``Three areas that hurt us were turning the ball over, letting them get to the free throw line and offensive rebounds,’’ Magic coach Jacque Vaughn said. ``It’s extremely tough (keeping Davis off the glass) but everyone has to be involved and help us out.’’

Arron Afflalo led the Magic with 25 points, but he had six turnovers. Oladipo had 18 points and five steals – two of which he used to outrace the defense for dunks. Nelson chipped in 15 points and eight assists, while Harris – who was coming off a 28-point, 20-rebound effort against the Los Angeles Lakers – gamely went at Davis and made seven of 14 shots.

Sunday’s game was the start of a three-game road trip for the Magic. Orlando plays in suburban Detroit on Tuesday and then in Toronto on Wednesday. The Magic are back at the Amway Center on Friday to host the Milwaukee Bucks before leaving on another road trip to Boston and Indiana.

The Magic were without Vucevic for an 11th straight game because of a concussion. But the 7-footer has rejoined the team on the road trip and the hope is that he will soon be back on the floor. Orlando is 10-18 this season with Vucevic healthy, but just 2-16 in the games that he’s missed. Vucevic is averaging 13 points and 11 rebounds with 16 double-doubles.

Orlando finished the third period with a flurry to get within 75-69 by the start of the fourth. A 3-pointer from Afflalo and two layups by Nelson – both of them things of beauty to avoid Davis’ long-armed reach – to trim the deficit.

Orlando had to play from behind much of the third quarter because of their struggles on the glass. The Pelicans had seven offensive rebounds in the third quarter alone, resulting in six second-chance points.

The night started well enough for the Magic, who moved the ball well in the early going and led by three in the opening minutes. But things quickly fell apart as Davis began asserting himself on both ends of the floor, allowing the Pelicans to take a 54-44 halftime lead.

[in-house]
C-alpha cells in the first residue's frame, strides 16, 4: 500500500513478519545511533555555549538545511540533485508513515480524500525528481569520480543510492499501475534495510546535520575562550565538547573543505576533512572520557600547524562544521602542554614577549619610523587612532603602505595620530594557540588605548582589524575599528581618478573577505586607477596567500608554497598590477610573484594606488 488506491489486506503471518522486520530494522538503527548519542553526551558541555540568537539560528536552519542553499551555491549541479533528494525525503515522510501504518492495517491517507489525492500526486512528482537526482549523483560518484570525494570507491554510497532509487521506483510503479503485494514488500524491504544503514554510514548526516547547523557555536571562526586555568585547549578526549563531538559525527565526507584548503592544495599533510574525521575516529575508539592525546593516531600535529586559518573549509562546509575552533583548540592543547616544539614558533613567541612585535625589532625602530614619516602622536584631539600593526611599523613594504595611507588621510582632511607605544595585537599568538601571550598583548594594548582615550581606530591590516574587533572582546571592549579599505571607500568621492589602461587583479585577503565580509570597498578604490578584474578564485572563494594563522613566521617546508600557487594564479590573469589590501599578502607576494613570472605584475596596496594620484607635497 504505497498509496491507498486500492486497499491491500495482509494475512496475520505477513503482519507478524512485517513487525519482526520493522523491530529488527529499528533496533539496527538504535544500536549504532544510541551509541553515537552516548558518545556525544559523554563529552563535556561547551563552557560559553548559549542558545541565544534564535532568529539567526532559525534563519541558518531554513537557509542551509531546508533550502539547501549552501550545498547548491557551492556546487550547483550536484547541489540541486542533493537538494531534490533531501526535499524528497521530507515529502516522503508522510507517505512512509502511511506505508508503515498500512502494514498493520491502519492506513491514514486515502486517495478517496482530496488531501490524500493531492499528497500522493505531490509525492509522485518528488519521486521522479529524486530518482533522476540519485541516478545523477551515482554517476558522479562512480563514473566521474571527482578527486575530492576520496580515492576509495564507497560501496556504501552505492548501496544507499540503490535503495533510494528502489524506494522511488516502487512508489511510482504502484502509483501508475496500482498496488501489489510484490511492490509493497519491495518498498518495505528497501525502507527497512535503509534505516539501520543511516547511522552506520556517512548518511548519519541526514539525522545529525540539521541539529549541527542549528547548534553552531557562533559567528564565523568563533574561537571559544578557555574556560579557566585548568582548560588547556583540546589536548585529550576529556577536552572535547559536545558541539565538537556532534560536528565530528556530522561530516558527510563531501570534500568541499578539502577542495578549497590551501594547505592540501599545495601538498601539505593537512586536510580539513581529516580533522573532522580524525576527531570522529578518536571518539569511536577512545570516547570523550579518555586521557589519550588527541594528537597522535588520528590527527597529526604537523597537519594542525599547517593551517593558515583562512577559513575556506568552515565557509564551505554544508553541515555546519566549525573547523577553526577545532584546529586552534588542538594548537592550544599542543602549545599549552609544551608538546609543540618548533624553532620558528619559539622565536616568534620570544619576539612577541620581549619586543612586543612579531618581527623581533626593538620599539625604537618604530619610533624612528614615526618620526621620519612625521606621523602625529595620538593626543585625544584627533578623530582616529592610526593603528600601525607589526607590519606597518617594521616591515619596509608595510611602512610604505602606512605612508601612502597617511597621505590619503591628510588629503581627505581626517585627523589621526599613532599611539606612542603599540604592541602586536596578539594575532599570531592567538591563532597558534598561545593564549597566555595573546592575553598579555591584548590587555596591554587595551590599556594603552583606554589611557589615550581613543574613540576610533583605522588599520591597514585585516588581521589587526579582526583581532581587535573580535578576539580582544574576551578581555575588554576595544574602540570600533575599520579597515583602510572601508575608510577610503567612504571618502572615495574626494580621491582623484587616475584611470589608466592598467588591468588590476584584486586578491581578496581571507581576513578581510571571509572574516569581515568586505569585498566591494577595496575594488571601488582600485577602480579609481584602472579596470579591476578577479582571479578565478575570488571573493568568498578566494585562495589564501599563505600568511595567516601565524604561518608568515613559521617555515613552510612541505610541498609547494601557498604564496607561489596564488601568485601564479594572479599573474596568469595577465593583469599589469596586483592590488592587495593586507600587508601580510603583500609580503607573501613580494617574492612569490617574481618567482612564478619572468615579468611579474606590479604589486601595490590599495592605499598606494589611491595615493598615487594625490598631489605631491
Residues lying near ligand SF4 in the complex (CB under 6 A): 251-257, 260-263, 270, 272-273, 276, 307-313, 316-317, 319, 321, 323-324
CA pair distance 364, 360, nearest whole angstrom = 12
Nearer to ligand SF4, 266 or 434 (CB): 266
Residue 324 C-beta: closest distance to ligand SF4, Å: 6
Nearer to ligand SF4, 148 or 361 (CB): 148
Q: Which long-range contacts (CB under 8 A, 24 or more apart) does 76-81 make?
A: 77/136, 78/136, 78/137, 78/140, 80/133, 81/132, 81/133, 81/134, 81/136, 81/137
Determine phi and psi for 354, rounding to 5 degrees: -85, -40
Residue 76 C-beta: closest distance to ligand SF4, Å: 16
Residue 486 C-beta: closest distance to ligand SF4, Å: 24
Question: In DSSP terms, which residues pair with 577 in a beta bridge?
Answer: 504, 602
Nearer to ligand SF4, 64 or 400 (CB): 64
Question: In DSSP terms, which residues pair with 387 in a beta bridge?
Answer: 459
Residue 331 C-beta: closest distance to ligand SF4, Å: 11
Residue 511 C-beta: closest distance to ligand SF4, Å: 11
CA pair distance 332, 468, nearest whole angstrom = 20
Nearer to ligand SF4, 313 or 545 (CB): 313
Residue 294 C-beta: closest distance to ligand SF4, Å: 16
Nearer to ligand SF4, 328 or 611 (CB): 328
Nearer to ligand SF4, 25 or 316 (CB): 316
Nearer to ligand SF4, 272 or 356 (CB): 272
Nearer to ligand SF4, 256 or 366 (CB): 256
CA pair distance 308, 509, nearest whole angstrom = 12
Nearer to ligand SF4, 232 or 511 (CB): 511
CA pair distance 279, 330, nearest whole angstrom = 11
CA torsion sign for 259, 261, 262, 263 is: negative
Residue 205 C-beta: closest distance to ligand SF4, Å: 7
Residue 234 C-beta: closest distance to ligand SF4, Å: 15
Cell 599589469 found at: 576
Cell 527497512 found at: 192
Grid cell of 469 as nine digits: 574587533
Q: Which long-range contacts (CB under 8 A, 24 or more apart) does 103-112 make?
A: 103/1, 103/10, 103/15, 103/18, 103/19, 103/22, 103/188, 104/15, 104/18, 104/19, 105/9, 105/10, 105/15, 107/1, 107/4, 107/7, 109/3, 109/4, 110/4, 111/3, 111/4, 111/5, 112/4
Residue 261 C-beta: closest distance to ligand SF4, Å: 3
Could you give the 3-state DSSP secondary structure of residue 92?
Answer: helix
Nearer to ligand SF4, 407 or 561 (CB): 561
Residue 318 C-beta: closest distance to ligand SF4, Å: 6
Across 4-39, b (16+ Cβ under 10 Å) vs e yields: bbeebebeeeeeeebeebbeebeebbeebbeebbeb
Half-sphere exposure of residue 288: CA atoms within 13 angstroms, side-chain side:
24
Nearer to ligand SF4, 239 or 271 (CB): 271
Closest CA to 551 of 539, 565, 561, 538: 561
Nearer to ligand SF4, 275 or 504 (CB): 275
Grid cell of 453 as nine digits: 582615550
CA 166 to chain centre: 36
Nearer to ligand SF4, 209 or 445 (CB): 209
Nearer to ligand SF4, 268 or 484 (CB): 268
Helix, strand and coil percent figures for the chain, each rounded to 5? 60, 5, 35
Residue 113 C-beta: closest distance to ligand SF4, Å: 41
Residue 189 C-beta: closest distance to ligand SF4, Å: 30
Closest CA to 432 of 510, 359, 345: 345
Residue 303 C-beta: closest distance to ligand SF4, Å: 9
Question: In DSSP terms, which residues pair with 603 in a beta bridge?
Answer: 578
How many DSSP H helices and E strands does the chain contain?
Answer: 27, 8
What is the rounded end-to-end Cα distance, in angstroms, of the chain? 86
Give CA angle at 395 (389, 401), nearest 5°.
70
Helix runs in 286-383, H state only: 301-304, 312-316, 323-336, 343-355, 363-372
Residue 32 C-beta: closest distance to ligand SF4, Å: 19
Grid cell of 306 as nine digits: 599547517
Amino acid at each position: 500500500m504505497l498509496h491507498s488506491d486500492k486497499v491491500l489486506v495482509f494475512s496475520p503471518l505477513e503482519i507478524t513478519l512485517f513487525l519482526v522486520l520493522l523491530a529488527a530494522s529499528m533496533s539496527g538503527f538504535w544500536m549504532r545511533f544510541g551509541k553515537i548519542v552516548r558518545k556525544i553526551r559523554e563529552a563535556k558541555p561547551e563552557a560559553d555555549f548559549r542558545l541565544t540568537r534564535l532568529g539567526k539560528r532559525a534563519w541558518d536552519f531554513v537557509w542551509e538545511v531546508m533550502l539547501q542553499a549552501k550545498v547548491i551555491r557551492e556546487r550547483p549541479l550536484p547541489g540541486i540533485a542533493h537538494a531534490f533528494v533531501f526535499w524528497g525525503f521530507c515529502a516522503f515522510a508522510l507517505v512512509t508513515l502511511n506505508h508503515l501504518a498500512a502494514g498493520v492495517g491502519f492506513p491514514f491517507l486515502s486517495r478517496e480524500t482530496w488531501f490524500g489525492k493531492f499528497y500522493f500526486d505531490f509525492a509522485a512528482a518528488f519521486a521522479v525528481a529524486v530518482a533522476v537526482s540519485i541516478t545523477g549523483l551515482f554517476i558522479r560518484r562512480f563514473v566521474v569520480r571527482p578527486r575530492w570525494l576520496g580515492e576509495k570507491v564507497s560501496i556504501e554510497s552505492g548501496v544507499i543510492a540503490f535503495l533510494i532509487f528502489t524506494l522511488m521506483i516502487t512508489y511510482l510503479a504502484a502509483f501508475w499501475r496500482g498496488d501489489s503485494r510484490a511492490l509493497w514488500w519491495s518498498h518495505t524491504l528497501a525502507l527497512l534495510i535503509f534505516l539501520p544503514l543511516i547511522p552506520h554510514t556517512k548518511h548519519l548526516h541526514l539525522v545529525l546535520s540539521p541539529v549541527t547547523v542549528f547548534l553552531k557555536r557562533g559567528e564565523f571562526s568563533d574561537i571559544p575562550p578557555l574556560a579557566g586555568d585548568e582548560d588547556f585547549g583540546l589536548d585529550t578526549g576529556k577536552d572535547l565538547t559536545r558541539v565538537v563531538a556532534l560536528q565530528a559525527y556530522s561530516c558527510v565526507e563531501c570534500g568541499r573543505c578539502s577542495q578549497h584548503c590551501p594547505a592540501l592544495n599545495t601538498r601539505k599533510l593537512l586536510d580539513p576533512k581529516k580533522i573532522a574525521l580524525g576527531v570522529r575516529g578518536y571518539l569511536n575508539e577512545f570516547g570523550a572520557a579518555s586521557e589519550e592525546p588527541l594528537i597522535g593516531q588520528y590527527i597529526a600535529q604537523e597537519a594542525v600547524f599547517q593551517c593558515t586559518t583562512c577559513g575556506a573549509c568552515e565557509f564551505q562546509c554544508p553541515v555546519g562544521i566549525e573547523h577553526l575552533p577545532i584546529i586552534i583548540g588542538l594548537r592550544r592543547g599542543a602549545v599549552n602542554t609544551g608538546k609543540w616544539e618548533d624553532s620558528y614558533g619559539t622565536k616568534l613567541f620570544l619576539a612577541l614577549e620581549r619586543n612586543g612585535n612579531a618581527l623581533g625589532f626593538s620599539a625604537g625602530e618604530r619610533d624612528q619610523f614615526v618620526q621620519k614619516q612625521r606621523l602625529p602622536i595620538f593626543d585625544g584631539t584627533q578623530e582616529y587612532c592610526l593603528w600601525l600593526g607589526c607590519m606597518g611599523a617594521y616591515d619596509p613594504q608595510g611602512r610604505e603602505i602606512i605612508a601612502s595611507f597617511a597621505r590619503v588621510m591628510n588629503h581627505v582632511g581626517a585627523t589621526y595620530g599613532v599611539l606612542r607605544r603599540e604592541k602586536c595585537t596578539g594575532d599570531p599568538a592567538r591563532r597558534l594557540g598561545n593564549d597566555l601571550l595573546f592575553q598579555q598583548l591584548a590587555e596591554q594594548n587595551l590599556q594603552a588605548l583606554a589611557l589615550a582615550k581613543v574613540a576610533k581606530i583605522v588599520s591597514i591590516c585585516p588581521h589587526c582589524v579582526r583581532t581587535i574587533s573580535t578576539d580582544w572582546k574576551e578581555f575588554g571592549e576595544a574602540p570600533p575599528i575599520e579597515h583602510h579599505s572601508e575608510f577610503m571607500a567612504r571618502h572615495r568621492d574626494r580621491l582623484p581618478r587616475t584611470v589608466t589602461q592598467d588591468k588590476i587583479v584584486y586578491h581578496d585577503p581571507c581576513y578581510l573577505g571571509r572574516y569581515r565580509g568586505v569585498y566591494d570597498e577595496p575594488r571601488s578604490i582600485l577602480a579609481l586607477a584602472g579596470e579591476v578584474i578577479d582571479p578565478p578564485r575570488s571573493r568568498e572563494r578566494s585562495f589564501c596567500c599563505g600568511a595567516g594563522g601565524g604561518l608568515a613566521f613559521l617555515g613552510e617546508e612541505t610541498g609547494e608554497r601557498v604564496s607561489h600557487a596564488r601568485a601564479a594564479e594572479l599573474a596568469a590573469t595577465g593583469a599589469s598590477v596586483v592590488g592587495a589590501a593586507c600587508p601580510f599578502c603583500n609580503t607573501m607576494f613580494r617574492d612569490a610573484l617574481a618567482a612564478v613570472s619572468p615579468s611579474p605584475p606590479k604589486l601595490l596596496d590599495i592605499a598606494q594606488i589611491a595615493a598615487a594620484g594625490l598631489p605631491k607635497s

Davis dominated the game in several phases early on with 10 points, 12 rebounds and four blocked shots. The NBA’s shot-block leader swatted two 3-pointers early on and had his three-block average by the first quarter.

Nelson and Afflalo scored eight and 10 first-half points, but Nelson’s production came only after he had missed his first four shots. Orlando trailed by as many as 16 points late in the first half, but it rallied in the closing minutes of the first half when Davis went to the bench with foul trouble. A 3-pointer and a floater in the lane by Nelson and a traditional three-point play by Davis – a bucket that came after Vaughn stopped a sequence to call for a specific play – allowed Orlando to get with 10 by halftime.

Vaughn said it will be up to his team to correct the rebounding issues and the turnover problems before Wednesday’s game against Detroit, one of the NBA’s best rebounding teams with Andre Drummond and Greg Monroe.

``Overall, the majority of (New Orleans’) points came from things that we can handle ourselves,’’ Vaughn said. ``Those three things (offensive rebounds, turnovers and opponents free throws) all can be handled by ourselves.’’